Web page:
His mind moves upon silence.

That the topless towers be burnt
And men recall that face,
Move most gently if move you must
In this lonely place.
She thinks, part woman, three parts a child,
That nobody looks; her feet
Practise a tinker shuffle
Picked up on a street.
Like a long-legged fly upon the stream
Her mind moves upon silence.

That girls at puberty may find
The first Adam in their thought,
Shut the door of the Pope's chapel,
Keep those children out.
There on that scaffolding reclines
Michael Angelo.
With no more sound than the mice make
His hand moves to and fro.
Like a long-legged fly upon the stream
His mind moves upon silence.


Tuesday, 17 February 2015

Poem for the Day: Up-Hill by Christina Rossetti

"Remember me when I am gone away, Gone far away into the silent land; When you can no more hold me by the hand, Nor I half turn to go yet turning stay..." - Christina Rosetti

Does the road wind up-hill all the way?
Yes, to the very end.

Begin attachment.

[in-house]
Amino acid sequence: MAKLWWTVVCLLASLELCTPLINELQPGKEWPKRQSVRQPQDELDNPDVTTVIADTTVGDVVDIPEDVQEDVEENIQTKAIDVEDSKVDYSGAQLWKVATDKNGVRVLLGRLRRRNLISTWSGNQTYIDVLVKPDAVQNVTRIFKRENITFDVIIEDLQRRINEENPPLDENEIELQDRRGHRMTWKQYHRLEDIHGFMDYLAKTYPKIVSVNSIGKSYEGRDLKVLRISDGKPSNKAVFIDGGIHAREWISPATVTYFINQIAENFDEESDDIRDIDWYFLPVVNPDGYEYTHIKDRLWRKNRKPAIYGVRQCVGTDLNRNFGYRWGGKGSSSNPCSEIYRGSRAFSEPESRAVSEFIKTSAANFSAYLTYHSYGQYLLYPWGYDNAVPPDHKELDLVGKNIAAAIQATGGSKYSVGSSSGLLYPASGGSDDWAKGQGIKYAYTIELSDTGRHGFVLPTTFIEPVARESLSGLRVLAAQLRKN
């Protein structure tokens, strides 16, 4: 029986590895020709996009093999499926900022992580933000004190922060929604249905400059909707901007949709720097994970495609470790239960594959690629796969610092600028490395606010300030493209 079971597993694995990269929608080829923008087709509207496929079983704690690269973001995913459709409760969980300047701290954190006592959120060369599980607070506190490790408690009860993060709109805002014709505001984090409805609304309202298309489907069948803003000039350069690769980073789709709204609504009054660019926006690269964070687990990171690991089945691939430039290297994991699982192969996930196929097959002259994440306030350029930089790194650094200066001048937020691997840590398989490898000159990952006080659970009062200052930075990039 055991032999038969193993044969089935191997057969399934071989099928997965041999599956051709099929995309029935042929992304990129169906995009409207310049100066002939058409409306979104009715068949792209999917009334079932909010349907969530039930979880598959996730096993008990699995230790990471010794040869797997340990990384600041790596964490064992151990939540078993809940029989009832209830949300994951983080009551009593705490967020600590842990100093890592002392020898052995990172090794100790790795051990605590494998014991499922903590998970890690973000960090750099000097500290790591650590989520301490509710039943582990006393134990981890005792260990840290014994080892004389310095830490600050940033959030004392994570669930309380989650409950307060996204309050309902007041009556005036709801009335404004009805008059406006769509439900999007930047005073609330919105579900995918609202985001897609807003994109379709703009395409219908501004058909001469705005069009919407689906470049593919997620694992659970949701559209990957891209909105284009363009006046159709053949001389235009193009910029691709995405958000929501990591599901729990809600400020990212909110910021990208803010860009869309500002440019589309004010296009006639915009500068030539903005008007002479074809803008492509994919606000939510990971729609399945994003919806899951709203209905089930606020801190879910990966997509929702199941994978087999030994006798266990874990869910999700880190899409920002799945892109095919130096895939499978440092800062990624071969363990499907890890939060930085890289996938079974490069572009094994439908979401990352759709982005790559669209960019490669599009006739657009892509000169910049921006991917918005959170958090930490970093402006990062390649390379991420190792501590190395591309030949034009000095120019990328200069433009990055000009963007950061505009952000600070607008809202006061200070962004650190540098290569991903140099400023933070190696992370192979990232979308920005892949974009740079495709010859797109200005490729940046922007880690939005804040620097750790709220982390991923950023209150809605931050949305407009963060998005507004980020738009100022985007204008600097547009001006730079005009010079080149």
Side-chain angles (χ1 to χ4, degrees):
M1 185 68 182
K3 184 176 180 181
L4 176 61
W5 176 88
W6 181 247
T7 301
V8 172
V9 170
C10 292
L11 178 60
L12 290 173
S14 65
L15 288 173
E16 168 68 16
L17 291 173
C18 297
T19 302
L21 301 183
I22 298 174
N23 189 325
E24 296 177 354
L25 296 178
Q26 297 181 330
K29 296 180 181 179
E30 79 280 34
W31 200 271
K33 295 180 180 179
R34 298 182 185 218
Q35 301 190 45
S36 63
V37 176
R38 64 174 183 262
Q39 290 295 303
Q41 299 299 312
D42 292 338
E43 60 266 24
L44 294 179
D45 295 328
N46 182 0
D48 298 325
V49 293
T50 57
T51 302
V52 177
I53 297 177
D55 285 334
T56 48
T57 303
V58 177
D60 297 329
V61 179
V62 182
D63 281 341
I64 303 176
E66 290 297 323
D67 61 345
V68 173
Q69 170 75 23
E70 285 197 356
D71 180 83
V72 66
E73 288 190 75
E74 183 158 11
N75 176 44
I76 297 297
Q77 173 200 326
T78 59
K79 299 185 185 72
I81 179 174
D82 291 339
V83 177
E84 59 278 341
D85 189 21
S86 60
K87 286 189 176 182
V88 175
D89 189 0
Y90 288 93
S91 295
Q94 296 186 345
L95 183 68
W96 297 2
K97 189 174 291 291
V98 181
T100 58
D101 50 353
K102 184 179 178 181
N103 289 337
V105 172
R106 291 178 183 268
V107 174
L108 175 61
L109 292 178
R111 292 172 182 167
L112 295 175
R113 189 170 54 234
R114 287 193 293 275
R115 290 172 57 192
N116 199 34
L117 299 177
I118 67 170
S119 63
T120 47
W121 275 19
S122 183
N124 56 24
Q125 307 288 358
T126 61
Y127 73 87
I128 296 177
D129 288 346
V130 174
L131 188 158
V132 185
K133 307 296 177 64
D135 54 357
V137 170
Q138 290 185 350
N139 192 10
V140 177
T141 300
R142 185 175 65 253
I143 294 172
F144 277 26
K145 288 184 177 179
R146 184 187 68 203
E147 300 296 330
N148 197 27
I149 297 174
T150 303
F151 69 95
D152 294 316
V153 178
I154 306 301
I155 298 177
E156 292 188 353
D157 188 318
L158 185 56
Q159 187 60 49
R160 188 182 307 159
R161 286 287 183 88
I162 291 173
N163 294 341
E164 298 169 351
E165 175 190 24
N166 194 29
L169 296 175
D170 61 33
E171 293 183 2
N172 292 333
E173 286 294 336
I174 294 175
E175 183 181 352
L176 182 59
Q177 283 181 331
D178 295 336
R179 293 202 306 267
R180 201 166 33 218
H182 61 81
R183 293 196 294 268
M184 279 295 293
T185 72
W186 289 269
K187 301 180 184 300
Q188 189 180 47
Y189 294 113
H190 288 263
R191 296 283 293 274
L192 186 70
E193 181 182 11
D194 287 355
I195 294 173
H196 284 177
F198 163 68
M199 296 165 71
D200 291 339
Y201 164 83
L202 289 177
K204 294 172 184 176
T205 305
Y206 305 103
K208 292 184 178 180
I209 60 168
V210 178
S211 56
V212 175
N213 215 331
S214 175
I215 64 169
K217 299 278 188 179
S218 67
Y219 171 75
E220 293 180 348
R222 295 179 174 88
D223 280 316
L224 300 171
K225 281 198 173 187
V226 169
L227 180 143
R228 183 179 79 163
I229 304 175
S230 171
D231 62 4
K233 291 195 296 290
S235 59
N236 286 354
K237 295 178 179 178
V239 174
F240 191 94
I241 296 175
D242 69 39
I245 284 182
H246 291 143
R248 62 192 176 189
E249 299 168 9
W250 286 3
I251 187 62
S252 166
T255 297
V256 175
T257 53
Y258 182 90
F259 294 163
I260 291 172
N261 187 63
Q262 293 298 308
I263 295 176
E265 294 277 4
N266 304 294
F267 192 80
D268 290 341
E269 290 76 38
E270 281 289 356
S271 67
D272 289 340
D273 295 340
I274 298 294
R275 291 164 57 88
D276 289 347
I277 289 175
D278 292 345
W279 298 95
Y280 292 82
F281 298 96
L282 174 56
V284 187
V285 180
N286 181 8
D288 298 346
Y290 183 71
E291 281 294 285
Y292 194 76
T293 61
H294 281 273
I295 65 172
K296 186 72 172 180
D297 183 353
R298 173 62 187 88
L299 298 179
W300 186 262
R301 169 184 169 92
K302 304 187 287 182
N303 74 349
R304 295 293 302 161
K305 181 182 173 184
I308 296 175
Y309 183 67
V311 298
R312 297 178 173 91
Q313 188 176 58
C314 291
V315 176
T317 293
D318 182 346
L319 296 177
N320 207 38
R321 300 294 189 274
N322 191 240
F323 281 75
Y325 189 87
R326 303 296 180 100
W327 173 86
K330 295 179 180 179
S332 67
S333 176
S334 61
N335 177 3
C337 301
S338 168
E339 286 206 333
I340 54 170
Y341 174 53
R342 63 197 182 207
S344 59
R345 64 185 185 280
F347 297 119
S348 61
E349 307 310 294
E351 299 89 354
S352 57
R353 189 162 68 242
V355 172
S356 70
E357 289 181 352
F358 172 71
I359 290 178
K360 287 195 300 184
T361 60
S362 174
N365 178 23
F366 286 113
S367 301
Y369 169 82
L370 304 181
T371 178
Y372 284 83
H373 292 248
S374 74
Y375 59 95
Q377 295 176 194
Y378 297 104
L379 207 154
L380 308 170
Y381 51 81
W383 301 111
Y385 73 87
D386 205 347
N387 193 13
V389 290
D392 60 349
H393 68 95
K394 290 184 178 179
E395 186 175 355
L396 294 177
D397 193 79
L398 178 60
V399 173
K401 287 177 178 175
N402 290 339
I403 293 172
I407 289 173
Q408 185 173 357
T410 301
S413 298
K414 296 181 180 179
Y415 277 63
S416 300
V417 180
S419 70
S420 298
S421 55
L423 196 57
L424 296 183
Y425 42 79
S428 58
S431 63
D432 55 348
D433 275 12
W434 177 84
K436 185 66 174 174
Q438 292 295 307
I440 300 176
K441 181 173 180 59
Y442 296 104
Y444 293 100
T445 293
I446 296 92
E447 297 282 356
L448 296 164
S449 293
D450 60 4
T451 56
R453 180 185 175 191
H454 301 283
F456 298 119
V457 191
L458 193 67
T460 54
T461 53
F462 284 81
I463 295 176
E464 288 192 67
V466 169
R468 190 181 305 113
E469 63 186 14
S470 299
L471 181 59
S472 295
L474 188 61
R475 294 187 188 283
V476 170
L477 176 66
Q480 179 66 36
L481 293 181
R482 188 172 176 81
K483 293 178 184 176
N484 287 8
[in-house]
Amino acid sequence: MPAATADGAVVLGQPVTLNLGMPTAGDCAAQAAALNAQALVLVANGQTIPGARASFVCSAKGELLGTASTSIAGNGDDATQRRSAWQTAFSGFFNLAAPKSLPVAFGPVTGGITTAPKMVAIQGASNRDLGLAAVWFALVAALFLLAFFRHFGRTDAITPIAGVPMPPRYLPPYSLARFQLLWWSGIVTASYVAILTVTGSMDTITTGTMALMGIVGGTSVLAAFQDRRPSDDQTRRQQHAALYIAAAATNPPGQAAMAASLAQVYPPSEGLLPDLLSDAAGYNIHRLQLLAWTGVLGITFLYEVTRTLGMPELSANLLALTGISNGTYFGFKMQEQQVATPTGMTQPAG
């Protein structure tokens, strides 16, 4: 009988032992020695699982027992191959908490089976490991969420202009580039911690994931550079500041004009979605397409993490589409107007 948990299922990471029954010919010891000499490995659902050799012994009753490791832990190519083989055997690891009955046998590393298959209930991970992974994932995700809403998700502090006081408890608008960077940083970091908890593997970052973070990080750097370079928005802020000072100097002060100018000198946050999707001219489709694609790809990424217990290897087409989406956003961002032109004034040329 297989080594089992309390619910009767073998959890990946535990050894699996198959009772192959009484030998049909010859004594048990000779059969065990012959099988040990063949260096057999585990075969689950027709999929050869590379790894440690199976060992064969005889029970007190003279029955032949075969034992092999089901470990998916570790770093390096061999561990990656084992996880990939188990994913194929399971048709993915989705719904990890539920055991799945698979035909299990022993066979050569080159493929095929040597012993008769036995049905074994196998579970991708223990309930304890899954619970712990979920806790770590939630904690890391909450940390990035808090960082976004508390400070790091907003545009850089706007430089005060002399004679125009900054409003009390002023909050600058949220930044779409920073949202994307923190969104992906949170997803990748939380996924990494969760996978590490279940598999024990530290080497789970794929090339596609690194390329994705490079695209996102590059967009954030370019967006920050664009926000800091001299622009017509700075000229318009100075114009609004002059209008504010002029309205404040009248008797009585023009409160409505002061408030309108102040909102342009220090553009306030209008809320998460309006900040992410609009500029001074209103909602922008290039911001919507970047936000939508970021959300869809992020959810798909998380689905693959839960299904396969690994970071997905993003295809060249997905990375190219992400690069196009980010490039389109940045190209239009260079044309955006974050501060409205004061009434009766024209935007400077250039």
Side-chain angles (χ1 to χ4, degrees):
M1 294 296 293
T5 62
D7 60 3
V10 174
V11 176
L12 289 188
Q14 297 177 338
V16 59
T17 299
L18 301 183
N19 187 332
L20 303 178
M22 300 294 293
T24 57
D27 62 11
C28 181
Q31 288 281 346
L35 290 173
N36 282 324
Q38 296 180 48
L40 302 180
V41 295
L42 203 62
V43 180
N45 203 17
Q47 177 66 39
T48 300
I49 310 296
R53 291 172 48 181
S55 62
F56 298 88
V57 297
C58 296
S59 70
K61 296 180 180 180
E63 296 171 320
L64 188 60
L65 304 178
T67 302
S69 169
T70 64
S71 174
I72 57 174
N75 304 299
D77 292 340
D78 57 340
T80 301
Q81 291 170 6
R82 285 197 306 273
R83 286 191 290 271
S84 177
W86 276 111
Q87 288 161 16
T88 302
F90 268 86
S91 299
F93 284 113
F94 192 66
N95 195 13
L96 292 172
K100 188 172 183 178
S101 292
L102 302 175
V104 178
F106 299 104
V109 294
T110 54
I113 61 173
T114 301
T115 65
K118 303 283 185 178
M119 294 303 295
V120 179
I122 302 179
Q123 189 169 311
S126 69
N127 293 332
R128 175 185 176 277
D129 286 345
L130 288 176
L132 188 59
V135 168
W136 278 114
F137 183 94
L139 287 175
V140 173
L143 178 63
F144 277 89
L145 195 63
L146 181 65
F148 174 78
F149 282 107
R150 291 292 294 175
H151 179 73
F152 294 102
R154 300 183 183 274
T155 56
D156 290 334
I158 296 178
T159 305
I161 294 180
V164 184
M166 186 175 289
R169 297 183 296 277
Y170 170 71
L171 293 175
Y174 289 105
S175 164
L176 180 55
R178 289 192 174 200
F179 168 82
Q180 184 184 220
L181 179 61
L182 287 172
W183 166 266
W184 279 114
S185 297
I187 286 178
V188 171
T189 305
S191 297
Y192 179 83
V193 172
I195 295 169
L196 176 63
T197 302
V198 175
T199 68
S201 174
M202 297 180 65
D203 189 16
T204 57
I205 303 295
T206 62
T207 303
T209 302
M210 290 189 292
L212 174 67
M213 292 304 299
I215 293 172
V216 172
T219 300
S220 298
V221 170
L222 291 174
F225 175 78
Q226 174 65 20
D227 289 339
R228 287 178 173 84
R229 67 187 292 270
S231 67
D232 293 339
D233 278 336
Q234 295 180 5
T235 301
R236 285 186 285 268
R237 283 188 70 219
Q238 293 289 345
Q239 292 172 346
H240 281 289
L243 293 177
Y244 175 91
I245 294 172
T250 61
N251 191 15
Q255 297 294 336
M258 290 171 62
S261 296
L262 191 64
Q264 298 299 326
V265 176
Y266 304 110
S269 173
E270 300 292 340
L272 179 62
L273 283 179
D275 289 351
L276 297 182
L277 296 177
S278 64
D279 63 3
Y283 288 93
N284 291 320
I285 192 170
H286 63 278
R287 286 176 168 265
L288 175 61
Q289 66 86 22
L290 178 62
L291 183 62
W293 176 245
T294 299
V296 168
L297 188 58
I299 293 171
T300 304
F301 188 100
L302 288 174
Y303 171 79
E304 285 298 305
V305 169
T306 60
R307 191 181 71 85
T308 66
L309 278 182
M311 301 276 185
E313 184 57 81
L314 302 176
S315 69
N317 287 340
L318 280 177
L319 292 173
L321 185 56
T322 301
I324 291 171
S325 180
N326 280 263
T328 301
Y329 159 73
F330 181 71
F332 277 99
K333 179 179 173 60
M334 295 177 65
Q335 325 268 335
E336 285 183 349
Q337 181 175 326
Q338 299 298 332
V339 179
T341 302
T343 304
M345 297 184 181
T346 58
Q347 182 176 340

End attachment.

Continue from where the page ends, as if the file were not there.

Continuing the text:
Will the day's journey take the whole long day?
From morn to night, my friend.

But is there for the night a resting-place?
A roof for when the slow dark hours begin.
May not the darkness hide it from my face?
You cannot miss that inn.

Shall I meet other wayfarers at night?
Those who have gone before.
Then must I knock, or call when just in sight?
They will not keep you standing at that door.

Shall I find comfort, travel-sore and weak?
Of labour you shall find the sum.
Will there be beds for me and all who seek?
Yes, beds for all who come.

On this day in 1827, Christina's older sister, Maria Francesca Rossetti, was born.  The most responsible and practical of the siblings, Maria, a Dante scholar, only felt herself free of family responsibilities at the age of 46.  She entered an Anglican sisterhood, but her health soon failed and she dies several years later in 1876.
Christina Rossetti was born in London, her father Italian and her mother half-Italian.  The house was a magnet for literary refugees and she was educated at home, and lived there all her life, retiring from work as a governess as a result of ill-health.  "Differing from her Bohemian brother, Dante Gabriel, and more like her older sister, she found the world evil.  She repudiated pleasure:  'I cannot possibly use the word "happy" without meaning something beyond this present life' " (Louis Untermeyer).